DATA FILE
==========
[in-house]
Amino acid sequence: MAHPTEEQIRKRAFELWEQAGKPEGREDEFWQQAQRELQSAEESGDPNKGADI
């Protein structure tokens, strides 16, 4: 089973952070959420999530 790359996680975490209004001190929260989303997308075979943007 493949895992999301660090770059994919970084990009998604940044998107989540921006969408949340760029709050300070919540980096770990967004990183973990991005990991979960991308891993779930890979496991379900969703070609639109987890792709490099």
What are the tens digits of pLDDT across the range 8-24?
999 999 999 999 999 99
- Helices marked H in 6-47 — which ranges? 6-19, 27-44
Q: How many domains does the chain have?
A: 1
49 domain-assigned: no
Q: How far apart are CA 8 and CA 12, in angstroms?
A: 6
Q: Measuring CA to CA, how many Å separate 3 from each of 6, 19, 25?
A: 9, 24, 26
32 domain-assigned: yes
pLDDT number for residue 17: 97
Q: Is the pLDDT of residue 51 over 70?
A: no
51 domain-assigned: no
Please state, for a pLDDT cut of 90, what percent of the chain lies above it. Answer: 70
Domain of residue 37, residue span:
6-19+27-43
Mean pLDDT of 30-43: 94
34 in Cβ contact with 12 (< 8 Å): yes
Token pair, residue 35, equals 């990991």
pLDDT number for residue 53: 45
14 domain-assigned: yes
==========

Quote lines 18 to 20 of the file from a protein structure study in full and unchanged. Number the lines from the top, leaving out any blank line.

51 domain-assigned: no
Please state, for a pLDDT cut of 90, what percent of the chain lies above it. Answer: 70
Domain of residue 37, residue span: